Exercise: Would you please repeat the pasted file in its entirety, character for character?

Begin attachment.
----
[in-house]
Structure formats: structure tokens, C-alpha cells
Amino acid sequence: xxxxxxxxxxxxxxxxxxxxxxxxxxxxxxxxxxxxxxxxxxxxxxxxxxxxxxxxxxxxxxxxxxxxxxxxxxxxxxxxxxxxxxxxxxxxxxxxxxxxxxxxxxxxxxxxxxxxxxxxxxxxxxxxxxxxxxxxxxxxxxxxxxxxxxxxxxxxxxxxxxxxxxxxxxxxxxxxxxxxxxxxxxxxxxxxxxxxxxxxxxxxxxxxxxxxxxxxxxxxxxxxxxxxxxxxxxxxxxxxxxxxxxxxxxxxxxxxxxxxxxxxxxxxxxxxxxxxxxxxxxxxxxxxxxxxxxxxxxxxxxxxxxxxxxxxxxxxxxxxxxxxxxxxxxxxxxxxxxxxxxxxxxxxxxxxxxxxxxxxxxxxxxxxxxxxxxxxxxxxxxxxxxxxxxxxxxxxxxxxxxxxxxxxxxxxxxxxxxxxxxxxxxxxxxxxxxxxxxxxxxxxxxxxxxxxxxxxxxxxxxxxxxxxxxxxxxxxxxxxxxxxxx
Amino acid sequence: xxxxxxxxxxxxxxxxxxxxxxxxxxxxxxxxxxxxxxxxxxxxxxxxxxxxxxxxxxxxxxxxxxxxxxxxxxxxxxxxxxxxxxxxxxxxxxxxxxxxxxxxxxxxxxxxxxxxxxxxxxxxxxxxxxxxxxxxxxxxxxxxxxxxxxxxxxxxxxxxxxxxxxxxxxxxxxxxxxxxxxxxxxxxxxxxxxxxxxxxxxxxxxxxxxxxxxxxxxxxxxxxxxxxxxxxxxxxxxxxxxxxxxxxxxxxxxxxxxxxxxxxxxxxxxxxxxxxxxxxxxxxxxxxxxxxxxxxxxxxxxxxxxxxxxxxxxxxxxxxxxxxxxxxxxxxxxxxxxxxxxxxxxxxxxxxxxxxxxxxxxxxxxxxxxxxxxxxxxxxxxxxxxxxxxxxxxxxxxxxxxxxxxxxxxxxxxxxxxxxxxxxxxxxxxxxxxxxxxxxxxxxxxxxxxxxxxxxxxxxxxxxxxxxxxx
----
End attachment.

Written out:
[in-house]
Structure formats: structure tokens, C-alpha cells
Amino acid sequence: xxxxxxxxxxxxxxxxxxxxxxxxxxxxxxxxxxxxxxxxxxxxxxxxxxxxxxxxxxxxxxxxxxxxxxxxxxxxxxxxxxxxxxxxxxxxxxxxxxxxxxxxxxxxxxxxxxxxxxxxxxxxxxxxxxxxxxxxxxxxxxxxxxxxxxxxxxxxxxxxxxxxxxxxxxxxxxxxxxxxxxxxxxxxxxxxxxxxxxxxxxxxxxxxxxxxxxxxxxxxxxxxxxxxxxxxxxxxxxxxxxxxxxxxxxxxxxxxxxxxxxxxxxxxxxxxxxxxxxxxxxxxxxxxxxxxxxxxxxxxxxxxxxxxxxxxxxxxxxxxxxxxxxxxxxxxxxxxxxxxxxxxxxxxxxxxxxxxxxxxxxxxxxxxxxxxxxxxxxxxxxxxxxxxxxxxxxxxxxxxxxxxxxxxxxxxxxxxxxxxxxxxxxxxxxxxxxxxxxxxxxxxxxxxxxxxxxxxxxxxxxxxxxxxxxxxxxxxxxxxxxxxxx
Amino acid sequence: xxxxxxxxxxxxxxxxxxxxxxxxxxxxxxxxxxxxxxxxxxxxxxxxxxxxxxxxxxxxxxxxxxxxxxxxxxxxxxxxxxxxxxxxxxxxxxxxxxxxxxxxxxxxxxxxxxxxxxxxxxxxxxxxxxxxxxxxxxxxxxxxxxxxxxxxxxxxxxxxxxxxxxxxxxxxxxxxxxxxxxxxxxxxxxxxxxxxxxxxxxxxxxxxxxxxxxxxxxxxxxxxxxxxxxxxxxxxxxxxxxxxxxxxxxxxxxxxxxxxxxxxxxxxxxxxxxxxxxxxxxxxxxxxxxxxxxxxxxxxxxxxxxxxxxxxxxxxxxxxxxxxxxxxxxxxxxxxxxxxxxxxxxxxxxxxxxxxxxxxxxxxxxxxxxxxxxxxxxxxxxxxxxxxxxxxxxxxxxxxxxxxxxxxxxxxxxxxxxxxxxxxxxxxxxxxxxxxxxxxxxxxxxxxxxxxxxxxxxxxxxxxxxxxxxx